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I submitted a manuscript to a well-known journal (in education) and got two discrepant review results from two reviewers: one very positive (minor revision) and one negative review result (suggesting the editor to reject my submission). In spite of this, the editor gave me a major revision decision. I revised the manuscript; but the reviewer that gave me a negative review was still not happy after reading my first round of revision.

After seeing this, the editor thus invited a third (additional) reviewer to re-review the paper (during the second round of review). The third reviewer gave a very positive review endorsing the positive review from the second reviewer, and noted that "the submission is very insightful". The second reviewer did not gave further comments (hinting that s/he is probably happy with my revision). In this case, what do I expect next? I believe that I will never able to convince the first reviewer, although I did manage to revise the manuscript in full compliance with his suggestion. I believe that my second major revision will still sent back to all the three reviewers. If the first reviewer is still not happy, will the editor adopts the views from the 2nd and the additional reviewer? I personally feel that it would be unfair if the additional reviewer's view is not considered. By the way, I found that the third reviewer's comments are generally easy to tackle with (most of the comments are only asking for clarification).

Please advise based on your prior experience. Thanks very much.

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    Only the editor can answer this question. Anything here would be a guess. There are too many editors to make answers anything but random. – Buffy Jan 11 at 20:59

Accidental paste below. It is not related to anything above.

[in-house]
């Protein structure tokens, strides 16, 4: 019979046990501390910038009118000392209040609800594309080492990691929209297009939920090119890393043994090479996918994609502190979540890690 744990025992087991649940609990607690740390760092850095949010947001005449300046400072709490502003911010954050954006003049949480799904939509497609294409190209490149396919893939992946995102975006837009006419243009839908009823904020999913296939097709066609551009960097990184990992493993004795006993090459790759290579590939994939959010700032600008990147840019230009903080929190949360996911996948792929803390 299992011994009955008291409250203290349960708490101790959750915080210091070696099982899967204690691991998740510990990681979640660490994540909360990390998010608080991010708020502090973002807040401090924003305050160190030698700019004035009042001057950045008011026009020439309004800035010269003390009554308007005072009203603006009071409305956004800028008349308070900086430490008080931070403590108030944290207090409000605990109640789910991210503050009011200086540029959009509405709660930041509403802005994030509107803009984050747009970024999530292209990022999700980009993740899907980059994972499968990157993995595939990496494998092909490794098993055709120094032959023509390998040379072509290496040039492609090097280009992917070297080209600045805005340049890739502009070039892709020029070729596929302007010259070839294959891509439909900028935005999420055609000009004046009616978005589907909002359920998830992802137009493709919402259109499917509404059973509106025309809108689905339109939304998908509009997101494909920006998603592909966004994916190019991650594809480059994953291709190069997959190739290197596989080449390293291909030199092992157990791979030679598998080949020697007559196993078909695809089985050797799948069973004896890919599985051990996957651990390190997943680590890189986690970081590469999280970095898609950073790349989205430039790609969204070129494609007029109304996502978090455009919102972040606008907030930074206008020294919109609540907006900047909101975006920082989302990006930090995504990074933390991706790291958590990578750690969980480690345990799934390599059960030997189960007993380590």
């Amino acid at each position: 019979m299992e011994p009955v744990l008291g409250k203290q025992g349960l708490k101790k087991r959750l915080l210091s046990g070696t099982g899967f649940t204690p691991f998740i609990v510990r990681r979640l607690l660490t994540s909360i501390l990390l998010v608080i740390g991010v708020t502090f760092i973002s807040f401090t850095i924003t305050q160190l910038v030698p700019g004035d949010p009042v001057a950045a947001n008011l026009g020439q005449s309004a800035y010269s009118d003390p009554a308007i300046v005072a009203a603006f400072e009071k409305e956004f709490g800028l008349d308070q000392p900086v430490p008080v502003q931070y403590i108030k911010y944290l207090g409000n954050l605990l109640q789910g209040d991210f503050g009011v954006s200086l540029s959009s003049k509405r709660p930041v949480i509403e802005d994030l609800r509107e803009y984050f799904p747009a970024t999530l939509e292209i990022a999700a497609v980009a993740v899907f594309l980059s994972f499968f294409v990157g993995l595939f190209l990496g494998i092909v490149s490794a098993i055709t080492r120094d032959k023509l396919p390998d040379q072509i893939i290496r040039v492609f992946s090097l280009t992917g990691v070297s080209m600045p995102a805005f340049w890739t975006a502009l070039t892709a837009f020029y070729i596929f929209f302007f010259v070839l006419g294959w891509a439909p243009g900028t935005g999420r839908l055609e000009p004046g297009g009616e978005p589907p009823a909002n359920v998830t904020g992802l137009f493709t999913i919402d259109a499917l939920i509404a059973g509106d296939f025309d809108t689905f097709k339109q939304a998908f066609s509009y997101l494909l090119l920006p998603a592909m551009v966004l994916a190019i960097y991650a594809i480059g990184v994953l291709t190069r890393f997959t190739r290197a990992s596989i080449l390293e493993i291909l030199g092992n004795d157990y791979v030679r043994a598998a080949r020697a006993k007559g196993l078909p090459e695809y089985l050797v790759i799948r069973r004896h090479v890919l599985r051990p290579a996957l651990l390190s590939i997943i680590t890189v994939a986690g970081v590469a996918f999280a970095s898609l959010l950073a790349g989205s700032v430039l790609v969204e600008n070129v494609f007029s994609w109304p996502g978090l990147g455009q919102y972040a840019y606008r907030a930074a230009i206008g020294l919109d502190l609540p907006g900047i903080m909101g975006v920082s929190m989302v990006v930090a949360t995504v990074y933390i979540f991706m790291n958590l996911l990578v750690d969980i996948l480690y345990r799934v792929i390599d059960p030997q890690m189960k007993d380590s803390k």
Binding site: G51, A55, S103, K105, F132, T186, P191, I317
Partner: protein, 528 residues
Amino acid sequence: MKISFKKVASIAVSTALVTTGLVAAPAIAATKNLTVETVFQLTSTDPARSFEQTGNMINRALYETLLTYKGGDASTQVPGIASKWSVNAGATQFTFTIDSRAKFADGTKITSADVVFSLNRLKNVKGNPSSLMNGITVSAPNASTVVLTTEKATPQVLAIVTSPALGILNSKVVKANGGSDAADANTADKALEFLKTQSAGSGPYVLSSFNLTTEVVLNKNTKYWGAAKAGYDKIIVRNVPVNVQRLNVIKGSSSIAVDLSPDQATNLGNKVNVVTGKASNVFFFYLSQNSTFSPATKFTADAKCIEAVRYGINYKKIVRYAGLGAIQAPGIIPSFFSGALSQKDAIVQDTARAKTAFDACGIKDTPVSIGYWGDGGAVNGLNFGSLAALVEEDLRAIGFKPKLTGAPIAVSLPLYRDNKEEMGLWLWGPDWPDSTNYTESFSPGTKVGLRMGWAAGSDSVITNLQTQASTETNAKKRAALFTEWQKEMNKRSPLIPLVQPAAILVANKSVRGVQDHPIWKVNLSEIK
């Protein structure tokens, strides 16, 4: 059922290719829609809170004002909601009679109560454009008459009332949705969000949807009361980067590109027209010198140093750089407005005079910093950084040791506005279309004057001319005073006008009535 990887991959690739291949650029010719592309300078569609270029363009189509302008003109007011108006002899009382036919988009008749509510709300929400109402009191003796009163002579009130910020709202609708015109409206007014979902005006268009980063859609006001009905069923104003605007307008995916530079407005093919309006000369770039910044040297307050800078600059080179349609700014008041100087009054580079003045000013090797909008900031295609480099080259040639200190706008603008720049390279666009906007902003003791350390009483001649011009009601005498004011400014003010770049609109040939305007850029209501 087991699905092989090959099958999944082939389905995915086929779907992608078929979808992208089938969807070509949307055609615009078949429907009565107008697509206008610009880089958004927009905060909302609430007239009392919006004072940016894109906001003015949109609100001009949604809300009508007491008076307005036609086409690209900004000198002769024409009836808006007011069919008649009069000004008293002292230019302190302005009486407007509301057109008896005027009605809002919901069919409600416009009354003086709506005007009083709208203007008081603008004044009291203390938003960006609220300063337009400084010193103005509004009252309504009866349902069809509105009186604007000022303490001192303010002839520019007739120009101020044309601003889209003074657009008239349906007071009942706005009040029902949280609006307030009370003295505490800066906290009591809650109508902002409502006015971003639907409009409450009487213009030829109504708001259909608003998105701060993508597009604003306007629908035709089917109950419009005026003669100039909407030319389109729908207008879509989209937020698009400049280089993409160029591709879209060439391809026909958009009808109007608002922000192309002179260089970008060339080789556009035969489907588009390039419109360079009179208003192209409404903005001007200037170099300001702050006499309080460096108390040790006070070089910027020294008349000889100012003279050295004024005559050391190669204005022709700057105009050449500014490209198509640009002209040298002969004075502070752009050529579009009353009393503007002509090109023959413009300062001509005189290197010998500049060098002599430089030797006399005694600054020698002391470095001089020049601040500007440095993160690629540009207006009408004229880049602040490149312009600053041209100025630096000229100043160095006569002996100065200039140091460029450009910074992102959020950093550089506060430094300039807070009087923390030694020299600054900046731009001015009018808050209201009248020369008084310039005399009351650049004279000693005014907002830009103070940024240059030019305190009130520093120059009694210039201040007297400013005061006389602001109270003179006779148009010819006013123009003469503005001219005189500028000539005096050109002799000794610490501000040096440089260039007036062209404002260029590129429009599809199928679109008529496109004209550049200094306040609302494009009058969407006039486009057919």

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    The editor should certainly consider the opinion of the third reviewer. However, after consideration, the editor could certainly still decide that they agree more with the first reviewer. It's not an election and the majority doesn't have to rule. As Buffy said, we can't guess what the editor will decide. – Nate Eldredge Jan 11 at 21:08
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It would be strange for the editor to solicit the third review and then not even consider it: that sounds like a waste of at least three people's time. However, as to how this will affect the final decision: as Nate Eldredge points out, the editor is not obligated to go with two out of three. In fact an editor may go against the recommendations of all the reviewers, and this certainly happens sometimes, especially in our day in which so many journals have "very high standards."

Buffy says "Anything here would be a guess." I agree, and here is my guess: if the editor solicits a third review and the third review is really positive, then the editor is likely to accept your paper unless the first reviewer comes up with new, relevant, significant negative comments. (Why? Because, again, the editor could just as easily -- and in fact, more easily -- have rejected your paper after the first two reviews.)

However, in some hard-nosed decision theoretic sense, you don't need to know the answer to this question, by which I mean to say that you will find out eventually and until then you have done the optimal thing. If that doesn't cheer you up: look, if two out of three reviewers are really enthusiastic about your paper, then even if this journal doesn't accept it, some other, similar journal probably will. Congratulations on your good work.

  • Even though I voted to close the question, I really like this answer, particularly the last paragraph. I hope the OP is able to take your advice. – Bryan Krause Jan 11 at 22:48

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